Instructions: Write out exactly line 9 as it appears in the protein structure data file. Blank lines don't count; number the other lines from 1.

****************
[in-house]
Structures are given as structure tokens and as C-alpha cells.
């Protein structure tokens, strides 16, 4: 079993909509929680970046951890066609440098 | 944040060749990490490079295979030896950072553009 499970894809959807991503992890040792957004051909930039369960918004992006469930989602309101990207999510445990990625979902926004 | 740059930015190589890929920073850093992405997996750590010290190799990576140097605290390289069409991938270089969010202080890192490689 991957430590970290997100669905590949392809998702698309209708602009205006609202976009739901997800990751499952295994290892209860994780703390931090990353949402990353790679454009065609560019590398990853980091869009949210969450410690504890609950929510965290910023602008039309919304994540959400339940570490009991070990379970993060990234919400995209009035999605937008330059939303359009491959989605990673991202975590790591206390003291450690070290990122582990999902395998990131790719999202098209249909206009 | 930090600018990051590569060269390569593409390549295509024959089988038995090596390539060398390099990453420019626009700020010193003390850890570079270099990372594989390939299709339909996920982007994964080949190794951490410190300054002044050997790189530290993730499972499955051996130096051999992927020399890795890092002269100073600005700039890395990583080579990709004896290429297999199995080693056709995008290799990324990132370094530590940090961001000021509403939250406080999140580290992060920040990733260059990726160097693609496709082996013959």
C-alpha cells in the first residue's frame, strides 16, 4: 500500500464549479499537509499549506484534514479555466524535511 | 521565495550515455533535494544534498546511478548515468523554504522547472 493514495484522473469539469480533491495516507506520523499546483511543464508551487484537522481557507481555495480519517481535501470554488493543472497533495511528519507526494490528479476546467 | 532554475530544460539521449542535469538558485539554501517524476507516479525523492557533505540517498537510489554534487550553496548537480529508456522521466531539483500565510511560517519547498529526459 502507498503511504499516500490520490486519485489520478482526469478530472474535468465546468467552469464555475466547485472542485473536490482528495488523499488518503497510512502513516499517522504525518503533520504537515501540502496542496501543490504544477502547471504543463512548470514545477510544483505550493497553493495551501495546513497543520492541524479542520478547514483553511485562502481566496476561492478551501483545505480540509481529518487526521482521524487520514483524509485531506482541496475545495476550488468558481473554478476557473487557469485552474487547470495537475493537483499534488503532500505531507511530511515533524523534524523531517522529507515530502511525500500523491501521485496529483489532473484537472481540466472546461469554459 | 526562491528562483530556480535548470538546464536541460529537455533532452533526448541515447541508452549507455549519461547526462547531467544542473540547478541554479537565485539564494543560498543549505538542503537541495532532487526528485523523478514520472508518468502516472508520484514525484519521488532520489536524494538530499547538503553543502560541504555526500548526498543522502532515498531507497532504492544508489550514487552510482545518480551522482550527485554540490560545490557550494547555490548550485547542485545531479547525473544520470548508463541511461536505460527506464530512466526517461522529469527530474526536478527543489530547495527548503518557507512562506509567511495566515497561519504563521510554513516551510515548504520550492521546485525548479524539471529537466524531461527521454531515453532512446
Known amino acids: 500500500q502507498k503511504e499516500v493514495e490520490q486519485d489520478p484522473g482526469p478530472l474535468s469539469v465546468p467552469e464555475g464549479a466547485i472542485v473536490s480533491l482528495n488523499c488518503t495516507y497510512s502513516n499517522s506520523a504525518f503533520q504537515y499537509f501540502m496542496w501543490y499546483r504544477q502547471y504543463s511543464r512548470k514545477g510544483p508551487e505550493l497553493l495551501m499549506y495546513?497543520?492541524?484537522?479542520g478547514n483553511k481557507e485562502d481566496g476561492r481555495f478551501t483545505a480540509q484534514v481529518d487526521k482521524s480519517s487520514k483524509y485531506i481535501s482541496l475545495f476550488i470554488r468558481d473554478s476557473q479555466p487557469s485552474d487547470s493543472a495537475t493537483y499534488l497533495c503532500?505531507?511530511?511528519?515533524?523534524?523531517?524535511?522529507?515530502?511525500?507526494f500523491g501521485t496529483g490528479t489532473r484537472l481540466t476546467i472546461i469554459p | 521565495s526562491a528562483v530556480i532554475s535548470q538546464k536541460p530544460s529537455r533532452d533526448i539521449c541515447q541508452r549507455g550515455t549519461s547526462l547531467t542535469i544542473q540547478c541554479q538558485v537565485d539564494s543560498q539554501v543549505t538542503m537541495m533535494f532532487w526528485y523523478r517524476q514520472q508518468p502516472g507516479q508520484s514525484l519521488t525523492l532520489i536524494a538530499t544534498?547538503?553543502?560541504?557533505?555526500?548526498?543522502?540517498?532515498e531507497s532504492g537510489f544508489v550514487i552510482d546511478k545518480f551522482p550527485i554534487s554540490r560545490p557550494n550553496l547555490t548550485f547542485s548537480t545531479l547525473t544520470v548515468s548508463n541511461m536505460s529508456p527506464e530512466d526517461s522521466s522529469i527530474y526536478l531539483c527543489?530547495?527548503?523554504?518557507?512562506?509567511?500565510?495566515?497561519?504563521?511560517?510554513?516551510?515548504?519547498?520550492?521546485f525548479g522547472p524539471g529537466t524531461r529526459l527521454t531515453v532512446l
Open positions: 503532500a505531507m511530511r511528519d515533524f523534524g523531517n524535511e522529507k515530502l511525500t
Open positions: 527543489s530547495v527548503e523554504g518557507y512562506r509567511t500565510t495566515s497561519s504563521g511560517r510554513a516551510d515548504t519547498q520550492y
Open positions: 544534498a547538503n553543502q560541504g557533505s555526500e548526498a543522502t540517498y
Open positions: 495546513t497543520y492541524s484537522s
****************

Open positions: 495546513t497543520y492541524s484537522s